Out of thin air—or of mythic consciousness—a Texas governor once plucked unhesitatingly the mot juste. The governor, Allan Shivers, who served back in the 1950's, was indignant over some piece or other of legislative tomfoolery. As he saw it, the whole enterprise was downright "un-Texan."
"Un-Texan." Right there we had the nub of the matter. No deeper truth, no higher reality, needed to be fingered. The governor's listeners were to understand that two standards informed political discourse and deliberation—one for Texans and another for everybody else. The Greeks, whose word for foreigner was "barbarian," would doubtless have understood.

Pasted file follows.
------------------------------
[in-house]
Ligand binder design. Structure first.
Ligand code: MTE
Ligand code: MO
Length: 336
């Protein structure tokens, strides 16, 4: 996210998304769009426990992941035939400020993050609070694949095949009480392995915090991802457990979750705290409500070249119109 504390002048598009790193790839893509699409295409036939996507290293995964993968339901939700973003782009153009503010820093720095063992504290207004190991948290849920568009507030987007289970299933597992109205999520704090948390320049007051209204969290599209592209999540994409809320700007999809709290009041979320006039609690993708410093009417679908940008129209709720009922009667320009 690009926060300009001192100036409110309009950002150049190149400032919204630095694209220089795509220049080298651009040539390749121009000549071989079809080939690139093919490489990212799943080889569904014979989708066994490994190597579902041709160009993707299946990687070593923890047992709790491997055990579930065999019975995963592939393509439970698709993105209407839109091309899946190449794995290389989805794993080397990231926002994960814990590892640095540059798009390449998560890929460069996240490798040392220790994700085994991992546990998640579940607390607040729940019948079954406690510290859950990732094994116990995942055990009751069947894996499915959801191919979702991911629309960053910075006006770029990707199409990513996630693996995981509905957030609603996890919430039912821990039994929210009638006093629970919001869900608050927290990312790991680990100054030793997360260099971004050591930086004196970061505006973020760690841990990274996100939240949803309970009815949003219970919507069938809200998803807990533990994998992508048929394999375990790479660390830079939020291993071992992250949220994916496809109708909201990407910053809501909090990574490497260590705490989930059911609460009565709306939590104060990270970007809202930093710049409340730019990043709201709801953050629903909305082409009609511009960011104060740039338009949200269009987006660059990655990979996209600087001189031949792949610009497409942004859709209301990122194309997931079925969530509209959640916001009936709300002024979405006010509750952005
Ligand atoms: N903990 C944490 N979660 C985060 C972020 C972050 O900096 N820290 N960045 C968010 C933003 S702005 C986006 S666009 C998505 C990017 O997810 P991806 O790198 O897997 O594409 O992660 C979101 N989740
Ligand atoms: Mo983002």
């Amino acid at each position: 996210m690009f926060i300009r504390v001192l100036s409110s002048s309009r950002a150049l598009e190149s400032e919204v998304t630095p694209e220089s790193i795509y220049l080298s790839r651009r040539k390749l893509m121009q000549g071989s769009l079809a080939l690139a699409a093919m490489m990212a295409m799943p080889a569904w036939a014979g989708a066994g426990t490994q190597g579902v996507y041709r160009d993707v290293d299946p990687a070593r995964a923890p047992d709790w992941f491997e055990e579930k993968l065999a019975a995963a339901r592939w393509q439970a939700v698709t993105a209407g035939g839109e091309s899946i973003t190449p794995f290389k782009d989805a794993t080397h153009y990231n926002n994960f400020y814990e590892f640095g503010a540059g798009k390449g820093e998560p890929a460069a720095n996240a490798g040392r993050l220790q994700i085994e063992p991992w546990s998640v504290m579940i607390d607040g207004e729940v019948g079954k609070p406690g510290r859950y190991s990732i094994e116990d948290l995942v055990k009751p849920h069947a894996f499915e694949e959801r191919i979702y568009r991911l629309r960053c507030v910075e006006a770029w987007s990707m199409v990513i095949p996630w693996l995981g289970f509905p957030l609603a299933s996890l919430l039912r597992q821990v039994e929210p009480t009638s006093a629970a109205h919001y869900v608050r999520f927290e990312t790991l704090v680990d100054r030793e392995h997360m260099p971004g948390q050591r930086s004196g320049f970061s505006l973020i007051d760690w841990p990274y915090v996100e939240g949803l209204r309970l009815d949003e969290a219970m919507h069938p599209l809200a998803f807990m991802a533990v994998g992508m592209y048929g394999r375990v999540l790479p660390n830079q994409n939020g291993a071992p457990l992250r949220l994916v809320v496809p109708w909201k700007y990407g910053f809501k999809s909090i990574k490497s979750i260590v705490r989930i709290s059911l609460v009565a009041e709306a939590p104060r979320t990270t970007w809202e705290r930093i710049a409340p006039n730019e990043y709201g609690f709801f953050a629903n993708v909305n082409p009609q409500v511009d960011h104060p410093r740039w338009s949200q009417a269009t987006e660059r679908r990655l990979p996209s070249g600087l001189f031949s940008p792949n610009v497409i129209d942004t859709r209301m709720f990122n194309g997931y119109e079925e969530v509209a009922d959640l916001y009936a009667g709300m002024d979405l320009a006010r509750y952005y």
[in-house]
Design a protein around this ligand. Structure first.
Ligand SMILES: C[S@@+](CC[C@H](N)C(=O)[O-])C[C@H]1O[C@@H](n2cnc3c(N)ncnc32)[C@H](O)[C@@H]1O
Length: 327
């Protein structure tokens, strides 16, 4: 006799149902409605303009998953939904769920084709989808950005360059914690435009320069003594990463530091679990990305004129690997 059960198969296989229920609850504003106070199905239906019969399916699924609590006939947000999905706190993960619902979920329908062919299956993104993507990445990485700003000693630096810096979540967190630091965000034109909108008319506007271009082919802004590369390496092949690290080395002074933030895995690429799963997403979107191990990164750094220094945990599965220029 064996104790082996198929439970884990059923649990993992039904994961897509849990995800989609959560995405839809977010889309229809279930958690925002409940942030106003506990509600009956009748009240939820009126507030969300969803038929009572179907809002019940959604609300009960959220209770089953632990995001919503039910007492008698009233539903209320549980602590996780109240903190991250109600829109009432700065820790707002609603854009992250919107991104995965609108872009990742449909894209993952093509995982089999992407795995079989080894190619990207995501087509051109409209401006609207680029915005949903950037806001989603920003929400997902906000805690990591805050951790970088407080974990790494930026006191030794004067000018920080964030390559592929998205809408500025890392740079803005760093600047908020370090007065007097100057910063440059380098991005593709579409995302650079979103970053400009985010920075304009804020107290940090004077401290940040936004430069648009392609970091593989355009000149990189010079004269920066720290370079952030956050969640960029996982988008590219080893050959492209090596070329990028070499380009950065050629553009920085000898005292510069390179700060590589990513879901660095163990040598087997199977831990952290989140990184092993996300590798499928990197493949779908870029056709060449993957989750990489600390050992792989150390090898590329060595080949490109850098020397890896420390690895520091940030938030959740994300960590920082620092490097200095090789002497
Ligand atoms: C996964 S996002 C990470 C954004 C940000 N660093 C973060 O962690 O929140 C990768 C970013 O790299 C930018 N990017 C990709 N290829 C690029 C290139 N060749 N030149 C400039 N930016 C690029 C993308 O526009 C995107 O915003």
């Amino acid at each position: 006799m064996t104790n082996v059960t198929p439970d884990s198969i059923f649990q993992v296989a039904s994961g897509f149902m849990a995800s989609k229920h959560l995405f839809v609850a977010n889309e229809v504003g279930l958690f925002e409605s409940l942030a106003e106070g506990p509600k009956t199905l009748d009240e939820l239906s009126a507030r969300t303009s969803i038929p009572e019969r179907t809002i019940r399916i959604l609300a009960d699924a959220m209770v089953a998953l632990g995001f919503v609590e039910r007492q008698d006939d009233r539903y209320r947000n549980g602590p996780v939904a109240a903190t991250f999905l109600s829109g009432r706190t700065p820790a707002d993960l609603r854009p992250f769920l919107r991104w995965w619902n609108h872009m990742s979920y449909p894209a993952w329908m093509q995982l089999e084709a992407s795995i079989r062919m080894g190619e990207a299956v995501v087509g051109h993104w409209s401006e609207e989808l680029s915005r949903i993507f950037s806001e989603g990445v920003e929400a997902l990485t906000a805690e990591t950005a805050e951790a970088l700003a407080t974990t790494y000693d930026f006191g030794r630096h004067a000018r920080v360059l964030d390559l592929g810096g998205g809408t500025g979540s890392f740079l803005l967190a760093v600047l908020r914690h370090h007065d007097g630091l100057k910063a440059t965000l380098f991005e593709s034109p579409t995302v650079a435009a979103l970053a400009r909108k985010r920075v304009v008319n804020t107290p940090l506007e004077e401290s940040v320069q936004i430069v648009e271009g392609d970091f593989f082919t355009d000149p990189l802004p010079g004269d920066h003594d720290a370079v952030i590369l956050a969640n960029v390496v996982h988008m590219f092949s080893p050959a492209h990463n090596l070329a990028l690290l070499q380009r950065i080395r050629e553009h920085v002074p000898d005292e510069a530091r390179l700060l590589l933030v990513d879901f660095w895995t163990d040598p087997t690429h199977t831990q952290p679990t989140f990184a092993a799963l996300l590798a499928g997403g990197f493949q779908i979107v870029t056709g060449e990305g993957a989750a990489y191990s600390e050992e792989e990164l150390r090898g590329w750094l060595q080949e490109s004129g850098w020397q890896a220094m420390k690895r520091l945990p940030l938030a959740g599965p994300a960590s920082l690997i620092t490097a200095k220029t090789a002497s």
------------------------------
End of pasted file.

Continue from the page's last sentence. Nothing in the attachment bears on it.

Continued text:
Texas is different, yes, when measured against the standards of Michigan, North Carolina, and South Dakota. Has any measure of uplift or social transformation ever been condemned as un-Carolinian? Un-Dakotan? In the federal union of states, Texas is distinct all right. It may be even more distinct than the legends suggest and all the more meritorious for that—at least from a certain philosophical vantage point.
I give fair warning: we are traversing here the countryside of myth. Step carefully. The Texas myth of real men in the wide open spaces is notoriously potent, engaging—and dangerous. Dangerous because it leads to exaggeration: the blam-blam, take-that-you-varmint kind. I never cease to be amazed—yes,...